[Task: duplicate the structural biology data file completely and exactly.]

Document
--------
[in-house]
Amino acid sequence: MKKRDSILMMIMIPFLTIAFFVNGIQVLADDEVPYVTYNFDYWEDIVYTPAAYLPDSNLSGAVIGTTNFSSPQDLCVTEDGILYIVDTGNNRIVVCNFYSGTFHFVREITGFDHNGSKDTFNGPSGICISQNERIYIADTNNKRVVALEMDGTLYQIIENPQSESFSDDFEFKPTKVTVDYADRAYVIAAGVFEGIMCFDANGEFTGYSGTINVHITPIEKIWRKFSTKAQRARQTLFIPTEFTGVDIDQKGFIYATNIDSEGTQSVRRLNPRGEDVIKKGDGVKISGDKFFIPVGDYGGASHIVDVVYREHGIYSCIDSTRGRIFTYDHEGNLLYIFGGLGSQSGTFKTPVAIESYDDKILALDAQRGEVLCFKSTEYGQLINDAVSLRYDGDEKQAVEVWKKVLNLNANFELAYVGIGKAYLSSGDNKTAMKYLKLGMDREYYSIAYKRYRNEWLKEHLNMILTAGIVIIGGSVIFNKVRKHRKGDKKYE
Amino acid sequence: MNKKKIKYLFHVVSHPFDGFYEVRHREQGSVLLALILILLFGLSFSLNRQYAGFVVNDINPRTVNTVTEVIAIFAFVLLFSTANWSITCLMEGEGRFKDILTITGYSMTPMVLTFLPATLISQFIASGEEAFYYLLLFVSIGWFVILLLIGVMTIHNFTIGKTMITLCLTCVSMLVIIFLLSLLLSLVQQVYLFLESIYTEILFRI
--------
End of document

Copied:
[in-house]
Amino acid sequence: MKKRDSILMMIMIPFLTIAFFVNGIQVLADDEVPYVTYNFDYWEDIVYTPAAYLPDSNLSGAVIGTTNFSSPQDLCVTEDGILYIVDTGNNRIVVCNFYSGTFHFVREITGFDHNGSKDTFNGPSGICISQNERIYIADTNNKRVVALEMDGTLYQIIENPQSESFSDDFEFKPTKVTVDYADRAYVIAAGVFEGIMCFDANGEFTGYSGTINVHITPIEKIWRKFSTKAQRARQTLFIPTEFTGVDIDQKGFIYATNIDSEGTQSVRRLNPRGEDVIKKGDGVKISGDKFFIPVGDYGGASHIVDVVYREHGIYSCIDSTRGRIFTYDHEGNLLYIFGGLGSQSGTFKTPVAIESYDDKILALDAQRGEVLCFKSTEYGQLINDAVSLRYDGDEKQAVEVWKKVLNLNANFELAYVGIGKAYLSSGDNKTAMKYLKLGMDREYYSIAYKRYRNEWLKEHLNMILTAGIVIIGGSVIFNKVRKHRKGDKKYE
Amino acid sequence: MNKKKIKYLFHVVSHPFDGFYEVRHREQGSVLLALILILLFGLSFSLNRQYAGFVVNDINPRTVNTVTEVIAIFAFVLLFSTANWSITCLMEGEGRFKDILTITGYSMTPMVLTFLPATLISQFIASGEEAFYYLLLFVSIGWFVILLLIGVMTIHNFTIGKTMITLCLTCVSMLVIIFLLSLLLSLVQQVYLFLESIYTEILFRI